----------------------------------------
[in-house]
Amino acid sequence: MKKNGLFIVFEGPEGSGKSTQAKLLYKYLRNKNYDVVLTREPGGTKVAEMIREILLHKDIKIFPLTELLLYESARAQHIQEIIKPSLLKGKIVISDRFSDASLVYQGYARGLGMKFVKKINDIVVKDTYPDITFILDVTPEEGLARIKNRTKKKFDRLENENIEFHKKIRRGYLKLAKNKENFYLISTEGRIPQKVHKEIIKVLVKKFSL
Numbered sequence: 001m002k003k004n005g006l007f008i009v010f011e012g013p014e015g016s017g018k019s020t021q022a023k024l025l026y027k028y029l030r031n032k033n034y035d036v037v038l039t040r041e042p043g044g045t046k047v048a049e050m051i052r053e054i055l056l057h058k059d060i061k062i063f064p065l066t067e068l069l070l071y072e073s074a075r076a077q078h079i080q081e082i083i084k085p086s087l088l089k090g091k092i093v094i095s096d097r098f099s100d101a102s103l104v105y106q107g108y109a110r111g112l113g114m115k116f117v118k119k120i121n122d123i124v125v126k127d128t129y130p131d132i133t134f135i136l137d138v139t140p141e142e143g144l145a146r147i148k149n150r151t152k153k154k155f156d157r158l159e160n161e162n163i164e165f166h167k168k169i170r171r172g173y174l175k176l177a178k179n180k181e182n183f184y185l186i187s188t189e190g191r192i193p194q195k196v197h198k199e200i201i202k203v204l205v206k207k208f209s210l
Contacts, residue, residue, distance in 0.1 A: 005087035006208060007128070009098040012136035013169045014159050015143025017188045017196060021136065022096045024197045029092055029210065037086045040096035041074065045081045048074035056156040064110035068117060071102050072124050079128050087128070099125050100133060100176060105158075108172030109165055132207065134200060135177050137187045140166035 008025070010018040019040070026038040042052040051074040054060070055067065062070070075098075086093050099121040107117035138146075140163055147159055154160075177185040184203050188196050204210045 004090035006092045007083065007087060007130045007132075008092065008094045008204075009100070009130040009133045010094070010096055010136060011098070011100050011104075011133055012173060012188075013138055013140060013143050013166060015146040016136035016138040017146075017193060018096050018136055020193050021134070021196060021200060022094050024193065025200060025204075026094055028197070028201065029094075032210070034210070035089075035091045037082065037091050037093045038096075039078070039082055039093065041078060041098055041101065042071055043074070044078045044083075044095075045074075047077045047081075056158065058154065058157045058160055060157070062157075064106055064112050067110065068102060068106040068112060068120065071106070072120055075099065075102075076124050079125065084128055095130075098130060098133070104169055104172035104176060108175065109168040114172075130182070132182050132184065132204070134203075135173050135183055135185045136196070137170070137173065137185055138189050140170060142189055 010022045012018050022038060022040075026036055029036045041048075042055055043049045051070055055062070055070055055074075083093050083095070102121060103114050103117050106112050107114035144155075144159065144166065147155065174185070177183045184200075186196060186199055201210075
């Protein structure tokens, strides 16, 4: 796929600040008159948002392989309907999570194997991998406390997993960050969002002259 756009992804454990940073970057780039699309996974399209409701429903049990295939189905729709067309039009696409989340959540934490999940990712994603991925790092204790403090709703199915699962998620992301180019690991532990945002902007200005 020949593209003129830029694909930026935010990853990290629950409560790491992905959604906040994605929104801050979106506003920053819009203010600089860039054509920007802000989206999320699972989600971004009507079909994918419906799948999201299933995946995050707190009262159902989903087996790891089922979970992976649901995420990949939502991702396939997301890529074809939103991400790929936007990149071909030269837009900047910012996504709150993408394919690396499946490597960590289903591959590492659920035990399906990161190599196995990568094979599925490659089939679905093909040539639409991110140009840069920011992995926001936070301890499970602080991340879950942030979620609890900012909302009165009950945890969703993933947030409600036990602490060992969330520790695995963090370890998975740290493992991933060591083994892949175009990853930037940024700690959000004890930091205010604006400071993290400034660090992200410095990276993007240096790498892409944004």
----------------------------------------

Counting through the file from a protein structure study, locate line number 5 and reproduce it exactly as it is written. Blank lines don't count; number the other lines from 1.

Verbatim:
């Protein structure tokens, strides 16, 4: 796929600040008159948002392989309907999570194997991998406390997993960050969002002259 756009992804454990940073970057780039699309996974399209409701429903049990295939189905729709067309039009696409989340959540934490999940990712994603991925790092204790403090709703199915699962998620992301180019690991532990945002902007200005 020949593209003129830029694909930026935010990853990290629950409560790491992905959604906040994605929104801050979106506003920053819009203010600089860039054509920007802000989206999320699972989600971004009507079909994918419906799948999201299933995946995050707190009262159902989903087996790891089922979970992976649901995420990949939502991702396939997301890529074809939103991400790929936007990149071909030269837009900047910012996504709150993408394919690396499946490597960590289903591959590492659920035990399906990161190599196995990568094979599925490659089939679905093909040539639409991110140009840069920011992995926001936070301890499970602080991340879950942030979620609890900012909302009165009950945890969703993933947030409600036990602490060992969330520790695995963090370890998975740290493992991933060591083994892949175009990853930037940024700690959000004890930091205010604006400071993290400034660090992200410095990276993007240096790498892409944004």